Public Release: 

New Geocentrifuge Research Laboratory coming online

DOE/Idaho National Laboratory

The Department of Energy's Idaho National Engineering and Environmental Laboratory in collaboration with Bechtel National are launching a new user facility dedicated to environmental and geo-engineering research. The heart of the facility is a 2-meter geocentrifuge.

One-armed, short and powerfully built, the research advantage of the new geocentrifuge is its ability to shorten the time of experiments, thereby giving scientists their results faster. This is particularly significant to the INEEL's cleanup mission.

Acting like a "geologic time machine," the geocentrifuge subjects a test specimen to a high-gravity field by spinning it rapidly around a central shaft. In this high-gravity field, processes such as fluid flow occur much more rapidly. Using this technique, researchers can study in a few days or weeks the effects of tens of years of gravity-induced fluid movement. Spinning at full speed, the geocentrifuge is capable of more than 260 revolutions per minute and can apply as much as 130 times the force of earth's gravity on an experimental sample.

Bechtel BWXT Idaho, LLC President and General Manager Bill Shipp and Bechtel National, Inc. President Tom Hash opened the facility during a ceremony on Aug. 19 together with DOE-Idaho Chief Financial Officer Christine Ott.

INEEL researchers will use the geocentrifuge to study engineered caps and barriers designed to keep contamination from spreading, to develop more effective landfill designs, to improve our ability to characterize contaminated sites, and to study basic magmatic and tectonic processes.

The geocentrifuge has an asymmetric beam equipped with a pendulum swinging basket that rotates within a steel and concrete enclosure, which ensures both safety and aerodynamic efficiency during operation. A particularly significant feature of the geocentrifuge is an automatic balancing system. Because many environmental geocentrifuge applications involve fluid movement, this could lead to a change in the center of mass of the sample. The geocentrifuge will automatically compensate for such shifts during operation.

Bechtel National will be one of several entities utilizing the Geocentrifuge Research Laboratory. The laboratory will also serve as a user facility for outside scientists, so staff from other institutions and laboratories can perform research and training and test their scientific and engineering hypotheses. The facility will support both subsurface environmental and geotechnical engineering research.

Hash said, "The Geocentrifuge Research Laboratory will allow us to test various soil media and enhance our knowledge on how they will perform under different conditions. Also, our engineers will now be able to study geotechnical construction issues more effectively, such as alternative designs for earth retaining structures, dams and foundations."

INEEL has recruited two experts in the field of geocentrifuge research to run the new facility. Alan Stadler, Ph.D., will lead research, with the assistance of Hideo Nakajima, Ph.D., a postdoctoral fellow from the University of California, Davis. Stadler and Nakajima bring a wealth of technical experience and leadership, and view getting the word out about this new user facility as a priority. The two have already introduced the facility's emerging capabilities to the larger research community at an international geotechnical conference held in Canada this summer.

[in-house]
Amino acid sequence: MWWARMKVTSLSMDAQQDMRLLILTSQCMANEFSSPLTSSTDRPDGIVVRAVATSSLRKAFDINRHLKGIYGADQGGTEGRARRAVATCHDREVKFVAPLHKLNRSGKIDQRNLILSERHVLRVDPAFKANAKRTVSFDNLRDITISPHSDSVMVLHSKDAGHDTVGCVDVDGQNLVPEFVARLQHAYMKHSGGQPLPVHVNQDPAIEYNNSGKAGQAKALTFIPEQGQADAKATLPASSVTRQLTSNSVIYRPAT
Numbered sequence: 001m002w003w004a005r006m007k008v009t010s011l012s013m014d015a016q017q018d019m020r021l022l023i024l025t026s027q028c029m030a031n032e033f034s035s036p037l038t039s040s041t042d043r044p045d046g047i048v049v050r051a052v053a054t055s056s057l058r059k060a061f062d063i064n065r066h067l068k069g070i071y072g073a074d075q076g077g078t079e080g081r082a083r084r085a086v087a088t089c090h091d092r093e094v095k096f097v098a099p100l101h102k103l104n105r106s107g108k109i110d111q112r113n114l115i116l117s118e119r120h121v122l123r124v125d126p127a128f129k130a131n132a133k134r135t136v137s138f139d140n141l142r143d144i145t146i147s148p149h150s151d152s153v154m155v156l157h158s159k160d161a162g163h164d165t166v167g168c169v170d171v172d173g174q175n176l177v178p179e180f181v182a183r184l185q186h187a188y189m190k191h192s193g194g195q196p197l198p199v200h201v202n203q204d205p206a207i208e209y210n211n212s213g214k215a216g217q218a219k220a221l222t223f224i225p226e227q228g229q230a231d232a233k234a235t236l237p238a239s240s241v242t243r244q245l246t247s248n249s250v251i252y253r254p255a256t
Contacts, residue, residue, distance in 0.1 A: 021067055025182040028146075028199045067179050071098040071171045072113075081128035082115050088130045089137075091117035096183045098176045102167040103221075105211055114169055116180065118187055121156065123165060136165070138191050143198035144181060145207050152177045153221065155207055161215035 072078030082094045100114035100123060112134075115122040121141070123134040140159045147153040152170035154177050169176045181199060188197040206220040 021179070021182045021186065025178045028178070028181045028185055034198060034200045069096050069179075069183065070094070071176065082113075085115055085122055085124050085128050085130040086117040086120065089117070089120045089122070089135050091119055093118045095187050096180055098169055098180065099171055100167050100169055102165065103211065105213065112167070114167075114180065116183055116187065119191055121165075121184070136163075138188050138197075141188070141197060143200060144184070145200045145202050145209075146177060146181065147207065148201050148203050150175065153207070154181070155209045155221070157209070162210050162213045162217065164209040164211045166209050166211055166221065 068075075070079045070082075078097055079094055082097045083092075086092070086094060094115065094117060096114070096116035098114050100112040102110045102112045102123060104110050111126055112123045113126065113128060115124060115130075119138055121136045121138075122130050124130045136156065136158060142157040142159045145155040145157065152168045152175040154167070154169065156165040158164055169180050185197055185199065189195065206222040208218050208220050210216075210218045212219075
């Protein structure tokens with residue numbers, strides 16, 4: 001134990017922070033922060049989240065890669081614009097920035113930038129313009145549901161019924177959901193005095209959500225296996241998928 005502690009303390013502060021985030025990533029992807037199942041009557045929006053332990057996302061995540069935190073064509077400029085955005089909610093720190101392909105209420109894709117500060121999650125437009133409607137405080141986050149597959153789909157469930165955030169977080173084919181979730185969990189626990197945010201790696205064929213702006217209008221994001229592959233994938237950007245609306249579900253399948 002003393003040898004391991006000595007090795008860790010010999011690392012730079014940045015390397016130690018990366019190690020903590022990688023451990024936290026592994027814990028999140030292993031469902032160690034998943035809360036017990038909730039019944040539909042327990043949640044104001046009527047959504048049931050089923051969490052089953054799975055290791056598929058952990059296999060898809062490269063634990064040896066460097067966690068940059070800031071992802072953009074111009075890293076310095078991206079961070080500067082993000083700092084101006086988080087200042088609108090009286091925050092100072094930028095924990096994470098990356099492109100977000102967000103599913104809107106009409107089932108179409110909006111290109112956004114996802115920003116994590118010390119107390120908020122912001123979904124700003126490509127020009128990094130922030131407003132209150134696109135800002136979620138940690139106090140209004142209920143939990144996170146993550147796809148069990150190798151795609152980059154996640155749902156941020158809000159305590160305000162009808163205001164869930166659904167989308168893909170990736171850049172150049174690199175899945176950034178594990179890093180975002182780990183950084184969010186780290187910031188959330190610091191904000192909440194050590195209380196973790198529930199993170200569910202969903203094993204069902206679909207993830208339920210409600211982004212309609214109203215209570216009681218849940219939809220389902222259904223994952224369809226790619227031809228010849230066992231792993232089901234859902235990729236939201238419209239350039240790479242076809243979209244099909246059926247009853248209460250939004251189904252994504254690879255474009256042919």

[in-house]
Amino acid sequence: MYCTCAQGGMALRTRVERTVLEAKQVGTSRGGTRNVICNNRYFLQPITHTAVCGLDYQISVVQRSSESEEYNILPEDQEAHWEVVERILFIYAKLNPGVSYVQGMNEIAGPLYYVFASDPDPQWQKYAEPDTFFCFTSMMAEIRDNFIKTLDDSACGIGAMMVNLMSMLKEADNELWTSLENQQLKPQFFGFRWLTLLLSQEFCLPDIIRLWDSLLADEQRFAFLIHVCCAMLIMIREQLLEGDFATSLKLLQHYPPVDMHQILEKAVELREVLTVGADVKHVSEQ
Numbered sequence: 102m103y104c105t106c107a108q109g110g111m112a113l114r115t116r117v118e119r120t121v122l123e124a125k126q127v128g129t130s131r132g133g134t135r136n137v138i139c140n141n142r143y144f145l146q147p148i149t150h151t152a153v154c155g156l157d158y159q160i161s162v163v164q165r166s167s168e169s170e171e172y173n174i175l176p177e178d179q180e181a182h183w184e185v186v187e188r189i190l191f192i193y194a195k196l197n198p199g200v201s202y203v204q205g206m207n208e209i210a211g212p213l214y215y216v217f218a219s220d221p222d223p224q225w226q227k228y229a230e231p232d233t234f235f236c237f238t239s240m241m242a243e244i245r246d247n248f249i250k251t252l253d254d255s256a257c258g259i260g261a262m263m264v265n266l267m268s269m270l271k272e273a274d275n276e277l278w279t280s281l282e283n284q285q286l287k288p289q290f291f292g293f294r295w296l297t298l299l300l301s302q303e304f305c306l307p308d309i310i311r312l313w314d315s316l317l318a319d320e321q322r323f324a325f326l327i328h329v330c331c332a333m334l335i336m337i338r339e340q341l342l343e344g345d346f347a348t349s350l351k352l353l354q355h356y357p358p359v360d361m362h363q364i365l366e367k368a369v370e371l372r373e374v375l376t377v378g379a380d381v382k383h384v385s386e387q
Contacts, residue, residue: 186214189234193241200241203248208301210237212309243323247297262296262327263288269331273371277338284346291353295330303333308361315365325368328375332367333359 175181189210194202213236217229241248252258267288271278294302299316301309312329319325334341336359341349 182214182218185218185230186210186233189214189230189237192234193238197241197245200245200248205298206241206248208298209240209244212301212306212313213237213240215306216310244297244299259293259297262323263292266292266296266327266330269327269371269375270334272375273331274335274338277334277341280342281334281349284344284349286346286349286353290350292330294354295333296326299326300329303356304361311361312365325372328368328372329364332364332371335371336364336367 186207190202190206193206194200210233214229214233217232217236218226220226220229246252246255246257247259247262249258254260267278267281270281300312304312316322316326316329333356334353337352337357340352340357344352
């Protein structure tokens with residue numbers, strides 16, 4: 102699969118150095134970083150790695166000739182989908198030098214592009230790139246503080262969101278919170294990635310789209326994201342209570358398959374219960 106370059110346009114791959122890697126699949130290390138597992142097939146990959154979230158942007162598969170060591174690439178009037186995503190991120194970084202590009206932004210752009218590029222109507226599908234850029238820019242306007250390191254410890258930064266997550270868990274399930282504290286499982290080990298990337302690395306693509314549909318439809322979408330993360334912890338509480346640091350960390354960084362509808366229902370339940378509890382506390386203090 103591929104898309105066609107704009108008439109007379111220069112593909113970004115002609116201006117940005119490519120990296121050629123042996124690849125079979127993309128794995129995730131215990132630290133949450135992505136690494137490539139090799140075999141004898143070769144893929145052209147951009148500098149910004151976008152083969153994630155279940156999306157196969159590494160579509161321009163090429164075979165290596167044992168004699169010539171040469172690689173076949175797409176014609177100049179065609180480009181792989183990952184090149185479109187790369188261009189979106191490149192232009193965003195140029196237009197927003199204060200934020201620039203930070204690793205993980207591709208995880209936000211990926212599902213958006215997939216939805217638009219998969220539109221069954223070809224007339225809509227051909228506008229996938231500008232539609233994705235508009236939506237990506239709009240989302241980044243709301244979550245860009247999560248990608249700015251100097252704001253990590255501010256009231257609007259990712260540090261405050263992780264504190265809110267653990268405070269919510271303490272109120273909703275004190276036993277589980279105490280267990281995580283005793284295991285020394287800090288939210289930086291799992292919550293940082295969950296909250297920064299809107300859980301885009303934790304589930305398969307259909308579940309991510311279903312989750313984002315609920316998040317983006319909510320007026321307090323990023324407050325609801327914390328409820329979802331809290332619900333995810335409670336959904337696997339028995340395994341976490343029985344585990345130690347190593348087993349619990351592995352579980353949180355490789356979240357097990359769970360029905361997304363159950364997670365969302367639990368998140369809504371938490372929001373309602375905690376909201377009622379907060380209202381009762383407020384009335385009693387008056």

"A 2-meter geocentrifuge doesn't come online every day, or even every decade," said Stadler, who has conducted large scale centrifuge research at the University of Colorado at Boulder, and the University of North Carolina at Charlotte. "It's rare for a scientist to be given a blank slate like this. It's a once-in-a-career opportunity," he said.

Stadler and Nakajima bring a wealth of technical experience and leadership, and view getting the word out about this new user facility as a priority. The two have already introduced the facility's emerging capabilities to the larger research community at an international geotechnical conference held in Canada this summer.

Geocentrifuges are commonly used to study how geomaterials, such as soil and rock, respond when subjected to earthquakes, explosives, or the physical loads of buildings, roads, and bridges. INEEL researchers plan to leverage the strength of this research tool to address environmental cleanup issues.

INEEL staff will create idealized physical models of soil and rock to study real world problems. For example, they plan to investigate contaminant transport mechanisms within the vadose zone (the variably saturated zone of soil above the water table), the physics of fluid flow when the fluid itself it is different physical phases, and the transport of tiny particles called colloids.

Bechtel National paid for the centrifuge and its installation through a corporate funded research and development (CFRD) grant. The Bechtel National CFRD program is designed to expand the science and technology base at the INEEL. The Environmental Systems Research and Analysis program, sponsored by the DOE Office of Environmental Management, is funding staff and additional laboratory equipment.

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The INEEL is a science-based, applied engineering national laboratory dedicated to supporting the U.S. Department of Energy's missions in environment, energy, science and national defense. The INEEL is operated for the DOE by Bechtel BWXT Idaho, LLC.

Technical contacts: Alan Stadler, (208) 526-4784, stadat@inel.gov; or Michael Wright, (208) 526-3315, wrigpm@inel.gov Media contacts: Deborah Hill (208) 526-4723, dahill@inel.gov; or Teri Ehresman, (208) 526-7785, ehr@inel.gov

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